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Defending life
from conception to natural death


SPUC welcomes General Synod vote against euthanasia

12 July 2005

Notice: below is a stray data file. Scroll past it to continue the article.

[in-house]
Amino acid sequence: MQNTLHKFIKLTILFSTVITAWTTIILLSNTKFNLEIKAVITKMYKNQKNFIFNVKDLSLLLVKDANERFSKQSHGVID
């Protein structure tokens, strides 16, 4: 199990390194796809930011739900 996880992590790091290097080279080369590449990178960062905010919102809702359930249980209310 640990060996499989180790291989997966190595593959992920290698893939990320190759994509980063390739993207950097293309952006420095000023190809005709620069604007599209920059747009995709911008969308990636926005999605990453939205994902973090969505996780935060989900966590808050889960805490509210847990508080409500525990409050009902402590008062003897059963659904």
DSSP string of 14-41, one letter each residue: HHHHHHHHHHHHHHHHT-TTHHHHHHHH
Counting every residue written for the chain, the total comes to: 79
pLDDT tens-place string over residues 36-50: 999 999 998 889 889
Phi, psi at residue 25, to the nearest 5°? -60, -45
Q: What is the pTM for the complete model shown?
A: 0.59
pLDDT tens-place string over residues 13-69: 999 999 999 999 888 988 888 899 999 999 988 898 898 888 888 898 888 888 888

SPUC welcomes General Synod vote against euthanasia 12 July 2005 The Society for the Protection of Unborn Children (SPUC) has welcomed last Saturday's vote in the Church of England's General Synod against legalising active euthanasia. The Synod's discussion came at a time when there are moves to make active euthanasia and assisted suicide legal in the United Kingdom. The debate was in response to Lord Joffe's private members' bill entitled Assisted Dying for the Terminally Ill, which was introduced into the House of Lords last year. Synod voted by 293 to 1 against such a bill. Commenting on the outcome of the debate, the Rev. Steven Foster, chairman of SPUC Evangelicals (a division of SPUC), said: "This vote is most welcome as a clear endorsement of the Bible's teaching on the sanctity of human life. The prohibition on killing in the Ten Commandments applies equally in our hospitals as everywhere else. When people are seriously ill, the Christian response is to treat them with love and care until natural death. Legalising euthanasia would put unfair pressure on vulnerable patients, their families and those treating them to end life prematurely. Synod has taken a stand for the traditional view of the doctor as the minister of healing and care, not harm or death." Mr Foster went on to praise the joint submission from the Church of England and Roman Catholic bishops to the Select Committee on the Joffe Bill. In this the bishops draw from the lessons of the hospice movement about the support and dignity of those who are dying, and reject the legalisation of euthanasia as a step that would "fundamentally undermine the basis of law and medicine and undermine the duty of the state to care for vulnerable people". During the Synod debate, Dr Rowan Williams, the Archbishop of Canterbury, highlighted the economic pressures behind the calls for euthanasia. SPUC has consistently warned of the dangers of euthanasia as a means of cost-cutting in the health services. Speeding the death of patients would enable beds to be freed more quickly and the expense of treatment to be curtailed. SPUC believes that this is already set to become common practice under the provisions of the Government's Mental Capacity Act, passed earlier this year, which will allow food and fluids to be withdrawn from some patients who are incapacitated.

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